Phase I feasibility trial of stereotactic body radiation therapy for primary hepatocellular carcinoma.
ABSTRACT Hepatocellular carcinoma (HCC) is increasing in incidence and the majority of patients are not candidates for radical therapies. Therefore, interest in minimally invasive therapies in growing.
A Phase I dose escalation trial was conducted at Indiana University to determine the feasibility and toxicity of stereotactic body radiation therapy (SBRT) for primary HCC. Eligible patients had Child-Turcotte-Pugh's Class (CTP) A or B, were not candidates for resection, had 1-3 lesions and cumulative tumour diameter less than or equal to 6 cm. Dose escalation started at 36 Gy in 3 fractions (12 Gy/fraction) with a subsequent planned escalation of 2 Gy/ fraction/level. Dose-limiting toxicity (DLT) was defined as Common Terminology Criteria for Adverse Events v3.0 grade 3 or greater toxicity.
Seventeen patients with 25 lesions were enrolled. Dose was escalated to 48 Gy (16 Gy/fraction) in CTP-A patients without DLT. Two patients with CPC-B disease developed grade 3 hepatic toxicity at the 42-Gy (14 Gy/fraction) level. The protocol was amended for subsequent CTP-B patients to receive a regimen of 5 fractions starting at 40 Gy (8 Gy/fraction) with one patient experiencing progressive liver failure. Four additional patients were enrolled (one died of unrelated causes after an incomplete SBRT course) without DLT. The only factor related to more than one grade 3 or greater liver toxicity or death within 6 months was the CTP score (p=0.03). Six patients underwent a liver transplant. Ten patients are alive without progression with a median FU of 24 months (10-42 months), with local control/stabilisation of the disease of 100%. One and two-year Kaplan-Meier estimates for overall survival are 75% and 60%, respectively.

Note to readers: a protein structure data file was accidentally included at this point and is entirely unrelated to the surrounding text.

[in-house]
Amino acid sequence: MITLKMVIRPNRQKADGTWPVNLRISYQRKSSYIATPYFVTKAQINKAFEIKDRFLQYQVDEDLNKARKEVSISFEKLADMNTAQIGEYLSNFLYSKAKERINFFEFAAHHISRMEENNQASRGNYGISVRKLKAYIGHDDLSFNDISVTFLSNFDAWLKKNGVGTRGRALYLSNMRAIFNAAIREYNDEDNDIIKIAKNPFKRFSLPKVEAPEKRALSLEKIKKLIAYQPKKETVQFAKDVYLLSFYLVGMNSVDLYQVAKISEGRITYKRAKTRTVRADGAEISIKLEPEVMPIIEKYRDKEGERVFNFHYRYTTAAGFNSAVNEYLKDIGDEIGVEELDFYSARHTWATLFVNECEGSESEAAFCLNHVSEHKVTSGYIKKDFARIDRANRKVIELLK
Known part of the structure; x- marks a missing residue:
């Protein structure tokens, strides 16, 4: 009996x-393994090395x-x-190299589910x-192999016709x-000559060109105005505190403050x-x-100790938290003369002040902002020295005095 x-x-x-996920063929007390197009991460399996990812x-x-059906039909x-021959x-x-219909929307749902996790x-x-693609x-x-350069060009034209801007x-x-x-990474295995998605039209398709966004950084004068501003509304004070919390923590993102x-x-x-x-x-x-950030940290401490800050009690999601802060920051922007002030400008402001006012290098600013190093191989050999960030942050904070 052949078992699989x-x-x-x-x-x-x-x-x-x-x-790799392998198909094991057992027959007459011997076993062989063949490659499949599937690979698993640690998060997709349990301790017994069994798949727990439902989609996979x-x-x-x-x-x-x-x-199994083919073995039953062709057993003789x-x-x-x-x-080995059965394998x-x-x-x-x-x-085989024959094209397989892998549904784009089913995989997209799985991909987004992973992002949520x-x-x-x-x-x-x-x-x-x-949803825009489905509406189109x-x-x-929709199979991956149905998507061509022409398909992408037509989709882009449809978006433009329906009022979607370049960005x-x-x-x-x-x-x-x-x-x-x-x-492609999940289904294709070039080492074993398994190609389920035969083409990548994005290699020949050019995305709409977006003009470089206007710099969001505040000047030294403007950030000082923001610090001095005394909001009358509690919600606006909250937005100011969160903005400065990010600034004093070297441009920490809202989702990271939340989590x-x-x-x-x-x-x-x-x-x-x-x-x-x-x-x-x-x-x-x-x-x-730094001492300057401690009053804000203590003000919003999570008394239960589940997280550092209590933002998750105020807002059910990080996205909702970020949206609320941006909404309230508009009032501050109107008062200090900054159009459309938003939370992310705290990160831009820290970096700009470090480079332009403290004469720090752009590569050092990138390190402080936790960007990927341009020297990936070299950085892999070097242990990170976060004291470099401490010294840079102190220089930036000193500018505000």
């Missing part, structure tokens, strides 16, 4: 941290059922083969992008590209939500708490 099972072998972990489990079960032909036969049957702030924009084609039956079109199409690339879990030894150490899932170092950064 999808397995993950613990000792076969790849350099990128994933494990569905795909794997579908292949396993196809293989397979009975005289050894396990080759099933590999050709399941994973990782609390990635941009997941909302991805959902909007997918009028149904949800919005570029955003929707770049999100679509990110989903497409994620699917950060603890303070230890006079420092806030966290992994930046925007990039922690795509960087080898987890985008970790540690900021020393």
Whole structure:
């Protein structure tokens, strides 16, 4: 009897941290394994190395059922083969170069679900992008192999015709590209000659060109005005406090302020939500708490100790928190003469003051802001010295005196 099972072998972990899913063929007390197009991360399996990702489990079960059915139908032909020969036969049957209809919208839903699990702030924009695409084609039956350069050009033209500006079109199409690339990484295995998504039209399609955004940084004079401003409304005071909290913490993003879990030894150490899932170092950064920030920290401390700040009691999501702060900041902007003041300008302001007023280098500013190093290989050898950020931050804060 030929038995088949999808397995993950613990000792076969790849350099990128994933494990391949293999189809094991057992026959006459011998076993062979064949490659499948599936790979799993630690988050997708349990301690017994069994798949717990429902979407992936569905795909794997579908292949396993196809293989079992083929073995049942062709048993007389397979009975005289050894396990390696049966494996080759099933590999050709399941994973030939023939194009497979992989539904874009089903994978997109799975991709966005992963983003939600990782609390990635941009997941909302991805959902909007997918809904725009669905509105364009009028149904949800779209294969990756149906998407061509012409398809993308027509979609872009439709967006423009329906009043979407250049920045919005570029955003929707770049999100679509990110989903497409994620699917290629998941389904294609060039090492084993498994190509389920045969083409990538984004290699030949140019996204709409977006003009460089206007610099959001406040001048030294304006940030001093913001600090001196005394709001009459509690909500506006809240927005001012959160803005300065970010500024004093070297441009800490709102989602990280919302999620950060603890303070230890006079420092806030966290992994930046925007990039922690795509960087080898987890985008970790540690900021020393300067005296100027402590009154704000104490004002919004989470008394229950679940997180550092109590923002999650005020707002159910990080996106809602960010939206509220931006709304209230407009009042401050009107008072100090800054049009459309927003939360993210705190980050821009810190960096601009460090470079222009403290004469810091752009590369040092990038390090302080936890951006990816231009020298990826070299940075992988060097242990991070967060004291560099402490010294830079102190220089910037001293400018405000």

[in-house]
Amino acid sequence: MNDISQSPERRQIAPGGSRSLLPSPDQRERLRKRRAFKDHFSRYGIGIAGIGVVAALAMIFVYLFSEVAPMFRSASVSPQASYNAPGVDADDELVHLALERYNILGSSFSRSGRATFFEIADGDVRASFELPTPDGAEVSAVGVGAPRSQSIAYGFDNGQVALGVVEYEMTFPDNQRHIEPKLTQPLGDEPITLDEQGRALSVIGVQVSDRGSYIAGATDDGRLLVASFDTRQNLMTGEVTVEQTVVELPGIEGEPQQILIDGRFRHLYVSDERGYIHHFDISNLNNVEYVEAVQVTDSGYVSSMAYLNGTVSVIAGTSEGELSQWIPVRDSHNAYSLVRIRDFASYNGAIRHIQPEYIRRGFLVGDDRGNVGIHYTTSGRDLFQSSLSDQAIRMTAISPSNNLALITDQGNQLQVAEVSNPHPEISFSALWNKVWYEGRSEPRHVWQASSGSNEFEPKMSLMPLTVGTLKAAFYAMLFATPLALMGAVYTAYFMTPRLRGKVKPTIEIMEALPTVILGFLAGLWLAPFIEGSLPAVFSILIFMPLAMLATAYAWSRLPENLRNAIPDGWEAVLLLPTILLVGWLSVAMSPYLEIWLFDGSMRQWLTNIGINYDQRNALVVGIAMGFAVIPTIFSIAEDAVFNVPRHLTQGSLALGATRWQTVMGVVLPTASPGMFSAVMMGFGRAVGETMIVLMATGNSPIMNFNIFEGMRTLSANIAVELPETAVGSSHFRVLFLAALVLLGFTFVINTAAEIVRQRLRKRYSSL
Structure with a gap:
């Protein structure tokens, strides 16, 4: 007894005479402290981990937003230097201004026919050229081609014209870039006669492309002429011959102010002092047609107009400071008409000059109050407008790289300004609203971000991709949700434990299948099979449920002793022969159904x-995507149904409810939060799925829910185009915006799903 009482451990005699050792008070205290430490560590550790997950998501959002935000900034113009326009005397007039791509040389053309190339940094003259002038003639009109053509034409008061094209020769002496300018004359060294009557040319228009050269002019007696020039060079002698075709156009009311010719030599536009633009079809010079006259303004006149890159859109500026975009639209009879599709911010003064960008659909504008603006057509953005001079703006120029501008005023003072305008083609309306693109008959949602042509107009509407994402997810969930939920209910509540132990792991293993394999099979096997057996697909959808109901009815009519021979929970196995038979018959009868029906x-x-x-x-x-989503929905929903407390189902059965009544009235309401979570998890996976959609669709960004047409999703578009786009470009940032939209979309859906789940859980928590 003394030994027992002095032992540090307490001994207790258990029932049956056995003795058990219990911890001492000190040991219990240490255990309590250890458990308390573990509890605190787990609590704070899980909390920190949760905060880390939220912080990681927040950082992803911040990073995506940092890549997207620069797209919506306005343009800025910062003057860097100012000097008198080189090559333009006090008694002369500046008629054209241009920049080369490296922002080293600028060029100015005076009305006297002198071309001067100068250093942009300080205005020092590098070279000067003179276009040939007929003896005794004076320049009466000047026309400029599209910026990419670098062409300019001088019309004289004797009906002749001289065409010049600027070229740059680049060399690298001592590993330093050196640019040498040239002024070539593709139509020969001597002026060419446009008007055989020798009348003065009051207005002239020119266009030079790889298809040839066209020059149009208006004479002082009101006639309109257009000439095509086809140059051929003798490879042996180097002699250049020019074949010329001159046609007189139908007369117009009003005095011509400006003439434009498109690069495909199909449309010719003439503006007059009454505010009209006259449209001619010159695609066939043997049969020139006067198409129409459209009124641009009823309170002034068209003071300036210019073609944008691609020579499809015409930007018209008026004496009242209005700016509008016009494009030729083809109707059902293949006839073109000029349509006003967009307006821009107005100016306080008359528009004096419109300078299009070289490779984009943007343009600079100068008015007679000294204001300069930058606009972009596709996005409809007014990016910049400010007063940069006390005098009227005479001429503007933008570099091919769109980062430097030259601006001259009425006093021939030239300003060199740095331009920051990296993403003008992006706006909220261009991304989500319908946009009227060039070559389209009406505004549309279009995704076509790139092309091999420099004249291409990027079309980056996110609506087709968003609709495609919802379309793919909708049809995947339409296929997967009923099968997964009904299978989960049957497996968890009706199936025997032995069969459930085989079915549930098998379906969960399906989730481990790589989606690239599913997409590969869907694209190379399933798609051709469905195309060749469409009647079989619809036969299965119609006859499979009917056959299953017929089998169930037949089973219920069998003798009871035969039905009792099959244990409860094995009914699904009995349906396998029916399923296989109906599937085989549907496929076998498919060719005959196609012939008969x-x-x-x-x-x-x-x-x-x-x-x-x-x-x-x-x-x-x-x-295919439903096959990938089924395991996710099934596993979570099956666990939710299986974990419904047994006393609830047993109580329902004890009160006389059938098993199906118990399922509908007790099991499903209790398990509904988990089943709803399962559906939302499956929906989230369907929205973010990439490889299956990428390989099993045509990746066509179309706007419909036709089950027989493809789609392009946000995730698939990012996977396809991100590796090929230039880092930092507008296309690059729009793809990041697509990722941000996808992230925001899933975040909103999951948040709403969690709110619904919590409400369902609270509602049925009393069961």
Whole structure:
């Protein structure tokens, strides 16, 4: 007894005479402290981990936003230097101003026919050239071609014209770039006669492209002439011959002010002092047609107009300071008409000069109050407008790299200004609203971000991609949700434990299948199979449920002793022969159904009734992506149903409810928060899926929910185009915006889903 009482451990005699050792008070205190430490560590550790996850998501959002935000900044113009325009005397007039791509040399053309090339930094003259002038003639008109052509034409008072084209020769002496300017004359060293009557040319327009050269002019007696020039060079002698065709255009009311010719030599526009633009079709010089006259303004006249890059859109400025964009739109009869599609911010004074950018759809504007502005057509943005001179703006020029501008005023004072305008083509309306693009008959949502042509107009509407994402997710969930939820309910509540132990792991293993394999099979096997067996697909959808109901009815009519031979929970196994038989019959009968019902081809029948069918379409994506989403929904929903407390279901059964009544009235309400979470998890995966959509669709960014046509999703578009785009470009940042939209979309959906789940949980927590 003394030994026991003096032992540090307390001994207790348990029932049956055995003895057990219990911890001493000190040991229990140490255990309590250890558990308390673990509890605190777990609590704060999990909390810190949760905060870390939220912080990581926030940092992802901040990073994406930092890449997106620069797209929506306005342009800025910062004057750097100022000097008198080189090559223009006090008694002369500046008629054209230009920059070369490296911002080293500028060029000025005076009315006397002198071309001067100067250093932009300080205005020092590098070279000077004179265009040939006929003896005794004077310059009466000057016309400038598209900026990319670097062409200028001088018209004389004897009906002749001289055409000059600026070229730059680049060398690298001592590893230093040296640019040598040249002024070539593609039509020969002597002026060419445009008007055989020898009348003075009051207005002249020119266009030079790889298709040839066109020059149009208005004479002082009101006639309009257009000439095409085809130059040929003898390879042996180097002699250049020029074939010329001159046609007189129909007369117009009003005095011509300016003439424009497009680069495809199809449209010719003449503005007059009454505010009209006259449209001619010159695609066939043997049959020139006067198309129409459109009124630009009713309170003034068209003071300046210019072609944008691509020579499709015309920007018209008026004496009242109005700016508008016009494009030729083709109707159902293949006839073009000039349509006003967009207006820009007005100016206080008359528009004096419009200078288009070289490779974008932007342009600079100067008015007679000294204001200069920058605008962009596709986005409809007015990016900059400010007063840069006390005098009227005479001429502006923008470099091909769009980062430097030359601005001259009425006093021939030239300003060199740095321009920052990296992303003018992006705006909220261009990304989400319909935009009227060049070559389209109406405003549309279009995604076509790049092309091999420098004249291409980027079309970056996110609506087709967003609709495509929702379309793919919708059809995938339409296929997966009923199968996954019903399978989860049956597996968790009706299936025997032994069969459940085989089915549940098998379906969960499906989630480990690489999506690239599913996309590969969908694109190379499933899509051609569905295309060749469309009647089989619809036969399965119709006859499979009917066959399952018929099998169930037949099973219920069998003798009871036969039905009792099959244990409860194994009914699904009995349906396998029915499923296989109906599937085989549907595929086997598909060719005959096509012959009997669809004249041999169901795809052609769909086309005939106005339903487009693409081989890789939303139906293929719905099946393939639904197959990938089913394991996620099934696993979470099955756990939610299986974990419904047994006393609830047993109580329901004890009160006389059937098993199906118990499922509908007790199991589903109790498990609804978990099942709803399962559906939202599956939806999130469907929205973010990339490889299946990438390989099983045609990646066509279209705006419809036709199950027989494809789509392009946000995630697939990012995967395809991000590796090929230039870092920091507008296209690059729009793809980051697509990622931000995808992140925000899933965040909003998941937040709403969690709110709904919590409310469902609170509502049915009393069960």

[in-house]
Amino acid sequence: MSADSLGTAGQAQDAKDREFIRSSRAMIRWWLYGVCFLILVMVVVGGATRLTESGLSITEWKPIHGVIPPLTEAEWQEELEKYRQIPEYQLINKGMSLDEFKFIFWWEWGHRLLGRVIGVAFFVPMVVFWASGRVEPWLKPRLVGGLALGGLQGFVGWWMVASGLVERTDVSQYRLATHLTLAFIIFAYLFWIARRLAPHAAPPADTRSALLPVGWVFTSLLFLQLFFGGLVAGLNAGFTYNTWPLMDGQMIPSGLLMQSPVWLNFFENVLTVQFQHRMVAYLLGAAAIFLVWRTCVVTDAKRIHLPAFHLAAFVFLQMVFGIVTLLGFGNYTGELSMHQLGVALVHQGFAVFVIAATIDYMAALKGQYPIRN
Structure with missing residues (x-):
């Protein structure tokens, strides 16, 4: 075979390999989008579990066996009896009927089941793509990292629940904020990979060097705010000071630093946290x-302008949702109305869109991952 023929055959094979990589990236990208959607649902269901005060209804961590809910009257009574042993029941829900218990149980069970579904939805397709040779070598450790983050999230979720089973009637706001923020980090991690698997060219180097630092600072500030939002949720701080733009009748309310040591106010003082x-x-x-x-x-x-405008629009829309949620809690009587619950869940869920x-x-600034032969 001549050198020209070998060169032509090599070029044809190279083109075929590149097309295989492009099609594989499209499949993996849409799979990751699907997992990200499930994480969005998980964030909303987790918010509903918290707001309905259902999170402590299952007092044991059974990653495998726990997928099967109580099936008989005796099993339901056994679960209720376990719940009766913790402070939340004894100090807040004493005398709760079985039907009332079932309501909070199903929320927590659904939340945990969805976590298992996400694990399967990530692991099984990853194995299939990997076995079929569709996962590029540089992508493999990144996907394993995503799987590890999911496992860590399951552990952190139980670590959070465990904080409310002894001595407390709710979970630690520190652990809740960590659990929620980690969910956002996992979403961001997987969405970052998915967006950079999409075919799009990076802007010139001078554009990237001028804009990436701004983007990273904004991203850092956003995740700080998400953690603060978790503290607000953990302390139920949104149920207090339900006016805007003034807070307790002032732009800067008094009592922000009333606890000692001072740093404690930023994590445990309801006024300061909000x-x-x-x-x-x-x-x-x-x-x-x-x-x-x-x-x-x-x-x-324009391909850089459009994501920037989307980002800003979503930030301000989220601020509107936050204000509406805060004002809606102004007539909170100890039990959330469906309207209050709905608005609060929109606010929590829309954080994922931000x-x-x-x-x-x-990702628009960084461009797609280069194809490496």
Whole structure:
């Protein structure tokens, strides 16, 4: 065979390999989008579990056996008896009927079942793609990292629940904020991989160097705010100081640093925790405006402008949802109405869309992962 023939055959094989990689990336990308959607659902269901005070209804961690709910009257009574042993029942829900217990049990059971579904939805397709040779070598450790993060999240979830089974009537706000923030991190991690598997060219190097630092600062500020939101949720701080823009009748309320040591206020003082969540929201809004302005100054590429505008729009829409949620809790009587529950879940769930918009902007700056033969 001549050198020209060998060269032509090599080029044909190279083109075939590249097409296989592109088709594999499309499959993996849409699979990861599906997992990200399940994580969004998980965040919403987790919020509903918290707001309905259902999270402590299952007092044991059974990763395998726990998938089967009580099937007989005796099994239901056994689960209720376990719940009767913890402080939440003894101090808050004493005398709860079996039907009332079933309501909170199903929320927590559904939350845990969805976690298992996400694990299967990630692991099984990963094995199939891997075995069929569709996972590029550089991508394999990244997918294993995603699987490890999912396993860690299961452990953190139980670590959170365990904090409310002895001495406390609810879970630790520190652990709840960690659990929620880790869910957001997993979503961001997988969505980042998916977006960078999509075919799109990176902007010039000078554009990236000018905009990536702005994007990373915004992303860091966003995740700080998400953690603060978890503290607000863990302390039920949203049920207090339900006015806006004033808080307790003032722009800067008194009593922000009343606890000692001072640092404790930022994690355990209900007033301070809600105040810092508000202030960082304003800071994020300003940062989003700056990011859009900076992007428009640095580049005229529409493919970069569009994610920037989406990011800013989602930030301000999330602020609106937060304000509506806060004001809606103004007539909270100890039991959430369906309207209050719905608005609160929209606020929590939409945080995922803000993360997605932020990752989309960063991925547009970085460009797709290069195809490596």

SBRT is a non-invasive feasible and well tolerated therapy in adequately selected patients with HCC. The preliminary local control and survival are encouraging. A confirmatory Phase II trial is currently open to accrual.